Are Shorter Games A Way Forward?
The topic of game length and value for money resurfaced with a vengeance in the wake of the Metal Gear Solid V: Ground Zeroes saga, and I’m so glad that I can use the word ‘saga’ now without cringing. I kid. After an in-depth analysis of the Ground Zeroes issue just before my actual review of it, I’ve had plenty of time to dwell on this particular issue. But what really spurred this topic in my mind, in combination with the Ground Zeroes debacle, was news out of the recent GDC conference where we heard that only a third of players finish the games that they start. All of this got me thinking that maybe shorter games may be, or even should be, a trend in the future.
Now let’s clear up a few things first. While the GDC news doesn’t exactly present the most damning of statistics, and we should always be wary of statistics since manipulation of them can pretty much result in any tale being weaved with them, it doesn’t change the fact that we’ve heard this story spun a million times in countless different ways. It’s basically a fact written in stone that plenty of gamers don’t reach the ending credits of what they play. Secondly, by ‘shorter games’ I am treading lightly because I know that value for money is a highly important ingredient in this industry especially when you’re paying $60 per game, making video games one of if not our most expensive hobby.
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You’re paying that much for a gaming system and its games, but you’re not finishing what you buy? Interesting. Understand that when news of games going unfinished emerged in the past it was never just damning of, well, crap games. There are plenty of bad or average games I myself have dropped and never gone back to. But the news has always involved some of the best games in any given year. With the GDC article you’re seeing games like The Walking Dead, Mass Effect, BioShock: Infinite and Batman: Arkham City going unfinished. Curiously even Portal despite its length showed heavy signs of going unfinished, but here I could make the excuse that it’s because of its niche appeal.
For me, this is one of those issues where the problem is such a complex and unpredictable science that a solution almost doesn’t seem to exist. So I’d like you to take this whole issue as simple brainstorming, and not really a condemnation of long games. While playing Infamous Second Son recently, I was thinking that with it being the PS4’s first major exclusive outside of launch it would no doubt be selling like free weed. I’m about to finish my second playthrough of the game. It’s not the greatest game ever, but it’s certainly pretty good and entertaining, and most PS4 fans will enjoy playing it. That got me thinking though. It’s not the longest game and feels shorter for an open world game, yet you can easily get 20 hours of it. And how many people of all those who are buying it will play it until the end?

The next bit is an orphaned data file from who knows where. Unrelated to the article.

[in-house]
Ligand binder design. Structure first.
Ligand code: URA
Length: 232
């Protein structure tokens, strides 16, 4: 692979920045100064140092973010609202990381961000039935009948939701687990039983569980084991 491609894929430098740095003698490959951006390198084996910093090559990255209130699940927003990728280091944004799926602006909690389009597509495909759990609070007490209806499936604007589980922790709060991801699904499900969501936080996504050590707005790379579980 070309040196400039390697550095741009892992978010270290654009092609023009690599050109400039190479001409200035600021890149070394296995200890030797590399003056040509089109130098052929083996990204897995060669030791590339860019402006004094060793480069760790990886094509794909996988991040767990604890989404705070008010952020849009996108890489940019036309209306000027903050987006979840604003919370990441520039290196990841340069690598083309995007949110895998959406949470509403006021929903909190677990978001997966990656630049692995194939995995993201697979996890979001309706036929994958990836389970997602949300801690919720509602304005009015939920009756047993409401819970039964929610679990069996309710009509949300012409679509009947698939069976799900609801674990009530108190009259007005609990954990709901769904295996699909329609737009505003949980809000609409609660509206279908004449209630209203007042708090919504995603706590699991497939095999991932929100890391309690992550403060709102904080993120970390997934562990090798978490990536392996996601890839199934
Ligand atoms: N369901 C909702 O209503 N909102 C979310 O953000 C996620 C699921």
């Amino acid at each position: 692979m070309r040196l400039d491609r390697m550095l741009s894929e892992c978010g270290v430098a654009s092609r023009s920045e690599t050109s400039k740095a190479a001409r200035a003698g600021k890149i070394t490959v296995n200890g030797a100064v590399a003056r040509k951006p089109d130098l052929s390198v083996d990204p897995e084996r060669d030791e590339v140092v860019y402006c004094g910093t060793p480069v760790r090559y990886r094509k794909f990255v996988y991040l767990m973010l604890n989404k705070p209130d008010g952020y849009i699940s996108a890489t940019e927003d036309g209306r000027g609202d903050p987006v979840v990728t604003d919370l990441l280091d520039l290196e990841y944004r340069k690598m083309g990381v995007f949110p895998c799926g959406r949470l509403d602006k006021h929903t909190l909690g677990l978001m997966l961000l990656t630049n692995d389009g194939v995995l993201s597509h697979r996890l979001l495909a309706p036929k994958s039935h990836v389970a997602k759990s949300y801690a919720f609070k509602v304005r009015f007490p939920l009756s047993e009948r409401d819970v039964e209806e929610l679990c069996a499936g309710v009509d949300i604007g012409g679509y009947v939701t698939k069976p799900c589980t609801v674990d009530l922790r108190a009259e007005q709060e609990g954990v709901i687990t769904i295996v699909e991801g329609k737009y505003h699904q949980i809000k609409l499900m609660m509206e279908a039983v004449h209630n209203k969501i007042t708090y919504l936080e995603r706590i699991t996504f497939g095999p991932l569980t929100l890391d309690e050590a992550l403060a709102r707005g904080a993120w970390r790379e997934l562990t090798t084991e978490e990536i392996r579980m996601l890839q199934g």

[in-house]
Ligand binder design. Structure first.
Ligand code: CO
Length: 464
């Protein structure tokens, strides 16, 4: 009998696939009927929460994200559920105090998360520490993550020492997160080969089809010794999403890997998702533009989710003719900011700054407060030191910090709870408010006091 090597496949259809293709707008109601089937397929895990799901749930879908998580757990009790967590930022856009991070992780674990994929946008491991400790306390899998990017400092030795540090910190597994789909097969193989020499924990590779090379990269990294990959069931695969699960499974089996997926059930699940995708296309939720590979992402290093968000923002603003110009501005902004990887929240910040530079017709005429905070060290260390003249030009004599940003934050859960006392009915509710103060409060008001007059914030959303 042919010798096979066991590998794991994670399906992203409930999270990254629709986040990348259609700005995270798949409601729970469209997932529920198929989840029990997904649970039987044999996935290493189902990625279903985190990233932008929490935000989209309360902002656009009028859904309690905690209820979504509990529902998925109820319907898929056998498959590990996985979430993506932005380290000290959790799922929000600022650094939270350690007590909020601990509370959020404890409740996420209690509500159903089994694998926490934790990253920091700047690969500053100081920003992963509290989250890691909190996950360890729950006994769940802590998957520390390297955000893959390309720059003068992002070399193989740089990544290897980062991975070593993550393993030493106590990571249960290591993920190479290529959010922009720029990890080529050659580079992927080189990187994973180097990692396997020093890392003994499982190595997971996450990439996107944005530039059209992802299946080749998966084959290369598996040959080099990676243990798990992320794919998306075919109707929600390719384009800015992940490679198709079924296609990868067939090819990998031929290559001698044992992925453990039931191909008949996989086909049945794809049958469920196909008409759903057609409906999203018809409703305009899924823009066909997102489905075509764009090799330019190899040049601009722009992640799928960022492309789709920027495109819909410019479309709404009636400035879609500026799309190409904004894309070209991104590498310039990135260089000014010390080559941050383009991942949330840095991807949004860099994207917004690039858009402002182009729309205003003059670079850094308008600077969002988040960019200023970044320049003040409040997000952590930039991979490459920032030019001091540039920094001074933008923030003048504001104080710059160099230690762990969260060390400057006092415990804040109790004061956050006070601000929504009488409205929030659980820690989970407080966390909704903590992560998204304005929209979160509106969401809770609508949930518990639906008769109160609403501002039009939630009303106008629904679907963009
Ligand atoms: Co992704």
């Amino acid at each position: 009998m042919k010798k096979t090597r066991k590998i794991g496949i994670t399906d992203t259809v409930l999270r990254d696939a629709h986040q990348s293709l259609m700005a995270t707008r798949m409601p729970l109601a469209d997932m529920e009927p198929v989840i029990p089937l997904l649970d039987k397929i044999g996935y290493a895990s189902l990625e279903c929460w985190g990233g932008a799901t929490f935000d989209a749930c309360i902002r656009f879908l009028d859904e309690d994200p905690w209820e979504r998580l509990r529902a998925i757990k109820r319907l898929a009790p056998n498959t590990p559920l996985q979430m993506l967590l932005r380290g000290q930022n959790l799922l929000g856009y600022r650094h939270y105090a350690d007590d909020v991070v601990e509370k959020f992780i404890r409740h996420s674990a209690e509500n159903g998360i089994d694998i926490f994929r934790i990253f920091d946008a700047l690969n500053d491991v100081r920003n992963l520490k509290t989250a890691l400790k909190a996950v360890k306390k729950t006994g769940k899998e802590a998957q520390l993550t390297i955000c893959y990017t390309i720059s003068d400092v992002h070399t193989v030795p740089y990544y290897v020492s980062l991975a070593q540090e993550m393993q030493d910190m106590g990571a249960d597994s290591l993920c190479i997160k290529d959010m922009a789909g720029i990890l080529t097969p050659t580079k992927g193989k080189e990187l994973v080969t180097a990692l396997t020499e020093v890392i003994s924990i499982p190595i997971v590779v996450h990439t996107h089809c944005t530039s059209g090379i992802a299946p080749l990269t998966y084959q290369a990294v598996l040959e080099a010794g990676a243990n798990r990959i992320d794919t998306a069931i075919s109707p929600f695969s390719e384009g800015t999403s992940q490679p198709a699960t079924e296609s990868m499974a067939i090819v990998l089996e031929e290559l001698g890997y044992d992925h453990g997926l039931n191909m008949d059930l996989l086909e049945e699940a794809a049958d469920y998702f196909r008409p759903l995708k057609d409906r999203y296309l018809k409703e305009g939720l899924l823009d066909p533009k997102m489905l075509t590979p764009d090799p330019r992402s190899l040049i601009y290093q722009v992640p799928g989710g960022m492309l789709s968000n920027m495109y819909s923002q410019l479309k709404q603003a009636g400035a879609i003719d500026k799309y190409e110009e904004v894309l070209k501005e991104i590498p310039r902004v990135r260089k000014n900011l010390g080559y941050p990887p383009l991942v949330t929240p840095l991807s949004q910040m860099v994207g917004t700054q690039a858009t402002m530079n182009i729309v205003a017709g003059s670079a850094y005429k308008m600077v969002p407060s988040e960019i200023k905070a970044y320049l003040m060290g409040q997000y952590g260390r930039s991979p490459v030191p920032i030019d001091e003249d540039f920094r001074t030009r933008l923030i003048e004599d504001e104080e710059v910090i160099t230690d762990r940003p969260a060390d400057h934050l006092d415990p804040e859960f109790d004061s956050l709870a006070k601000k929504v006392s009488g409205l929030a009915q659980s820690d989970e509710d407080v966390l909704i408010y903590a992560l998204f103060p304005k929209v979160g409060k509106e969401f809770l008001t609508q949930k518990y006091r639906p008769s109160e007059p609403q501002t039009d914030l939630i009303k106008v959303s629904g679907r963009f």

At one point I found myself thinking of all the reasons to stop playing a game. Maybe you didn’t like it, you found it too long, you got bored, you got distracted with other games or other things, life got in the way, you got busy and forgot about it – there are surely countless reasons. But part of me feels that if you go out there and spend $60, you at least were quite sure that you wanted that game. After all, there aren’t a great many people out there who can splash $60 on a consistent basis and not feel a dent in their wallets. So my assumption is that people who spend that kind of money on a game genuinely want to play the whole thing through. At least that’s true for me. I’ve never not finished a game that I’ve bought myself, and those that I get from friends or free or on a Steam sale are usually the ones that go unfinished for whatever reason. Of course another curveball can be thrown in then that the stats over the years haven’t accounted for those who didn’t buy the game themselves.
For argument’s sake, let’s say that that’s a small percentage of gamers out there. Then I ask you, do you think that shorter games would help you finish more titles? Of course there will be games like your Skyrims and Dark Souls’ that absolutely need to be long experiences. But for all the popular games out there, is getting more people to finish it worth sacrificing length? Does it even matter if people finish the game? Maybe to publishers all that matters is the actual sale, but I’d like to think that to developers who put in all that hard work on a game, they’d want people to finish it. Being a recent self-published author myself, I can say that I’d rather someone read the book and gave me feedback than bought it and left it on a shelf to collect dust. But then, my writing endeavor isn’t exactly a multi-million dollar industry with a whole lot other than my time and personal ambition riding on it.
Going back to the beginning, no I’m definitely not suggesting that games start being the length of Ground Zeroes. That would be absurd. And despite what I’ve said above, I don’t think that simply reducing games length will help either. But perhaps a combination of shorter games and cheaper games is an ideal way forward. Sadly, we don’t live in an ideal world and I doubt game prices will change for quite some time. So we’re back to my proposal of smaller, shorter and more focused games. And really, the entirety of this debate rests on the matter of whether it’s actually important for gamers to finish the games they play. For the sales figures, I doubt anyone cares if the game gets finished as long as it’s a success. But for the gamers and developers, it surely must matter.
Other than shorter and cheaper games, what suggestions would you have on this? Or more significantly do you think it’s important that gamers actually finish their games?